Late last week, the U.S. Food and Drug Administration (FDA) announced that it was once again delaying implementation of the final rule issued January 9, 2017 related to amendments to its regulations regarding intended use (Final Rule). This implementation delay follows a Petition to Stay and for Reconsideration (Petition) filed February 8, 2017 by the Medical Information Working Group (MIWG), the Pharmaceutical Research and Manufacturers of America (PhRMA), and the Biotechnology Innovation Organization (BIO). The Petition argued that the Final Rule’s inclusion of a “totality of the evidence” standard is a new standard not found in the Food, Drug, and Cosmetic Act (FDCA) or case law related to intended use and was promulgated in violation in the APA because parties subject to this significant liability standard did not receive fair notice or a meaningful opportunity to comment.
Author Archives: Sarah K. diFrancesca
Multiple pharmaceutical companies have disclosed the receipt of subpoenas from various U.S. Attorney’s offices, including Massachusetts and the Southern District of New York, related to the companies’ patient assistance programs. Patient assistance programs also have been the subject of recent Congressional inquiries related generally to the increasing price of certain prescription drugs.
The Final Rule related to the Health and Human Services Office of Inspector General’s (OIG) exclusion authority pursuant to the Social Security Act (the Act), as amended by the Affordable Care Act (ACA) and the Medicare Prescription Drug, Improvement and Modernization Act of 2003 (MMA), was released last week. The Proposed Rule was issued previously by the OIG in May 2014. The effective date of the Final Rule is February 13, 2017.
Noteworthy changes made by the Final Rule include the following key items:
The U.S. Food and Drug Administration (FDA) issued today a Discussion Paper on Laboratory Tests (LDTs). The Discussion Paper follows draft guidance issued by the FDA in 2014 (2014 Draft Guidance) and a stakeholder workshop held in 2015 regarding the oversight of LDTs. The Discussion Paper does not represent final guidance. Rather, the Discussion Paper is the FDA’s “synthesis of all feedback” received, which the FDA hopes will “advance public discussion on future LDT oversight.” The Discussion Paper is not enforceable.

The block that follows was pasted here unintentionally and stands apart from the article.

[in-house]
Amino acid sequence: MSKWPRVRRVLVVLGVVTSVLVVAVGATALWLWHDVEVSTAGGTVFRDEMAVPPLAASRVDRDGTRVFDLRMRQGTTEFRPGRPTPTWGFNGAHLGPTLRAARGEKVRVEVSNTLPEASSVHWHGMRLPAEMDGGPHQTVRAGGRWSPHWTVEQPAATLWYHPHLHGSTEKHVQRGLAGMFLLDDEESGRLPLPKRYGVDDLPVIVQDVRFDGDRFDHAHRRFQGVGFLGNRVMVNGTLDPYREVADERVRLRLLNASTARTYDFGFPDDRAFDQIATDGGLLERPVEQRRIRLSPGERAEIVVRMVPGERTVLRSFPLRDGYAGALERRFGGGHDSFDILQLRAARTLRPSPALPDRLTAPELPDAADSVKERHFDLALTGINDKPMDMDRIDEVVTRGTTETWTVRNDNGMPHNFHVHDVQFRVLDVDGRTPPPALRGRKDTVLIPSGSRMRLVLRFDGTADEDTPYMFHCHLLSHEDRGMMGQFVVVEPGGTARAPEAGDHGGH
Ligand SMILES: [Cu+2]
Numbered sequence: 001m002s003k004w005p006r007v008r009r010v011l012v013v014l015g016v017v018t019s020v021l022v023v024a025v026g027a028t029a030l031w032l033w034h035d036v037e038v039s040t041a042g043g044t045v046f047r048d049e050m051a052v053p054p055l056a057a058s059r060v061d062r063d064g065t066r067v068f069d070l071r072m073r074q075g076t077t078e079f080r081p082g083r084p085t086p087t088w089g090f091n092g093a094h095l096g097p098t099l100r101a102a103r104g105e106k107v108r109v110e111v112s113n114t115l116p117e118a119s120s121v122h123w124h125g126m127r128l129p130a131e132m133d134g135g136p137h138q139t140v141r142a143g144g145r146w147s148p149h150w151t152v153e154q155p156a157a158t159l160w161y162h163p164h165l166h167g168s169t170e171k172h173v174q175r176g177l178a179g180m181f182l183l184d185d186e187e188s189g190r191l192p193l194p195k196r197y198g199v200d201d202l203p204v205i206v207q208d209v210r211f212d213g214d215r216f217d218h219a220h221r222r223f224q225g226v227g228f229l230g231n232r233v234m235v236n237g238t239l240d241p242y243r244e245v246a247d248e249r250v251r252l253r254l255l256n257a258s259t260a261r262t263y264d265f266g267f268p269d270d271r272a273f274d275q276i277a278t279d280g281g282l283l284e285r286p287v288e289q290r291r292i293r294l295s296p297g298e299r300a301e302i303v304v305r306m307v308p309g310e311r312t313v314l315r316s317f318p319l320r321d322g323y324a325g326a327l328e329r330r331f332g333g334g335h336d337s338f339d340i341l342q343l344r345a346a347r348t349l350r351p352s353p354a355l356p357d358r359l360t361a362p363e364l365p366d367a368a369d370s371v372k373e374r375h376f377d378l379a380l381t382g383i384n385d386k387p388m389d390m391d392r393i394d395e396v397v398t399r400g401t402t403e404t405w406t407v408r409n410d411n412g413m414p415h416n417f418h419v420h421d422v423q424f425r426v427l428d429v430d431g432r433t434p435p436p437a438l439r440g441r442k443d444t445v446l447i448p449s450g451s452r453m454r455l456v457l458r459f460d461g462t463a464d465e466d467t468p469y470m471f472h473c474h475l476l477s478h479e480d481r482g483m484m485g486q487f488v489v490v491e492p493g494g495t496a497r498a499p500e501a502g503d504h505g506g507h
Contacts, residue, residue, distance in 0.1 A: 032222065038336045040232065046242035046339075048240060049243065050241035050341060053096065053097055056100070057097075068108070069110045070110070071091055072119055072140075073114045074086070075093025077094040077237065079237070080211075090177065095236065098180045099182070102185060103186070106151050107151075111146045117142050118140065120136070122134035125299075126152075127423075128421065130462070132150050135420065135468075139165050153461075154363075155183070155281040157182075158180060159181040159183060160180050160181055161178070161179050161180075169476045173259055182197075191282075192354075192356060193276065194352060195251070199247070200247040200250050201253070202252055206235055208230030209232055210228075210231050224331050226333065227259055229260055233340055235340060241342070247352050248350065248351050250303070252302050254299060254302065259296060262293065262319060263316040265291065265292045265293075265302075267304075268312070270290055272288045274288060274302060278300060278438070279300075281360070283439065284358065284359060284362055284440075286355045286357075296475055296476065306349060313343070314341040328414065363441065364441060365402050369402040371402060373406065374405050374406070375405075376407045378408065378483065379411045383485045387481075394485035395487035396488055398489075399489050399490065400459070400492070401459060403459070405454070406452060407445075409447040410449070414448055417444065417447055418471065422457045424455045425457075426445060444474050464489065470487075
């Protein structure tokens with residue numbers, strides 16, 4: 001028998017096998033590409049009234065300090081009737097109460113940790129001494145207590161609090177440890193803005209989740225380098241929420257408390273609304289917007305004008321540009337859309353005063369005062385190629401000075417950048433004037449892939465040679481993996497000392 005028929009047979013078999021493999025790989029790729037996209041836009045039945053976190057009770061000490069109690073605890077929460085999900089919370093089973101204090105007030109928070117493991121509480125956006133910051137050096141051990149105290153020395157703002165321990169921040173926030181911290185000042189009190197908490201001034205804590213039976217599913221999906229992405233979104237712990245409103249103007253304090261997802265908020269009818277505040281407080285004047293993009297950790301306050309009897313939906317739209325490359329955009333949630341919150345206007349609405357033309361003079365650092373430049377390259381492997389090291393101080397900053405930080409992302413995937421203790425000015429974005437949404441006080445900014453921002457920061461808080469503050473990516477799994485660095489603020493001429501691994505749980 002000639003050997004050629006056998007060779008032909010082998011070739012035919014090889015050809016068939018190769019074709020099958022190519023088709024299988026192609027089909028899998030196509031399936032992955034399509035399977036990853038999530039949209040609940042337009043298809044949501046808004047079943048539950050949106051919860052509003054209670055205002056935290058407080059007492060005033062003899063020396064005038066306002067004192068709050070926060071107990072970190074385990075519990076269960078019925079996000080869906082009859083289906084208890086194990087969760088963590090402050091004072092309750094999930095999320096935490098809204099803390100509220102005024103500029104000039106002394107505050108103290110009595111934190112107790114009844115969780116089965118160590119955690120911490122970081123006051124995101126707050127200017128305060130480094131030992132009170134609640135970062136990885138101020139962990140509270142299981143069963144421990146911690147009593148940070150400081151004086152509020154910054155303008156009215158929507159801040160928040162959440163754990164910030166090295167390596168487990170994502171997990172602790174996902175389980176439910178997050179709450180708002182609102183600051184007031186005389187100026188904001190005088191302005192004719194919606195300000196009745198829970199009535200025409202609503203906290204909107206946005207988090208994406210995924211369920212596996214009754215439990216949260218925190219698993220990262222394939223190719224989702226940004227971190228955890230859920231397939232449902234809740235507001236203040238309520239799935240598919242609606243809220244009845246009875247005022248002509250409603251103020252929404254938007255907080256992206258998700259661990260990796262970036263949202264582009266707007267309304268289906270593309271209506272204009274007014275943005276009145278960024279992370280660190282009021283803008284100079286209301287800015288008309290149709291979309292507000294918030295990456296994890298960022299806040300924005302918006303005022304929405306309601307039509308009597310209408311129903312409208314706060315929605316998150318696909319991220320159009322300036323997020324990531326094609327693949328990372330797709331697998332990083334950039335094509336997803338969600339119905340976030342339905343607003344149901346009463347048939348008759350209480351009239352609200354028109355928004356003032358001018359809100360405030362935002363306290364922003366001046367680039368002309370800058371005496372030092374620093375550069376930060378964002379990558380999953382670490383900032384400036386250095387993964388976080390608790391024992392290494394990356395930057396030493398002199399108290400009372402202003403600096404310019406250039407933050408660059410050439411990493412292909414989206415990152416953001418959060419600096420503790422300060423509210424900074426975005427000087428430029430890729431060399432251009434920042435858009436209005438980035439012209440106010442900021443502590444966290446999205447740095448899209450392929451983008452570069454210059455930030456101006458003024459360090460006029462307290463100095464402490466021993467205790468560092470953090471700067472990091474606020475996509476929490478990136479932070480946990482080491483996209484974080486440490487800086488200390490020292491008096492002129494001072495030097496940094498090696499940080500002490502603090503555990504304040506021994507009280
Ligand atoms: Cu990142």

Pharmaceutical Reps Now Required to be Licensed in the City of Chicago; Includes Code of Ethics & Potential Transparency Reporting
Earlier this week, the Chicago City Council joined other government agencies in imposing licensure and marketing requirements on pharmaceutical representatives when it unanimously approved licensing requirements for pharmaceutical representatives in the City of Chicago. Individuals who conduct business in the City of Chicago as a pharmaceutical representative for 15 or more days per year must obtain a license, which includes completing an educational course determined by the Commissioner of Public Health (Commissioner), submitting a registration form to the Department, and paying a $750 licensure fee. Renewal applicants will be required to complete at least 5 hours of continuing education in the areas of ethics, pharmacology, laws and regulations applicable to pharmaceutical marketing, and other areas that the Commissioner may designate by rule. Training courses may not be provided by the pharmaceutical representative’s employer. The ordinance takes effect on July 1, 2017.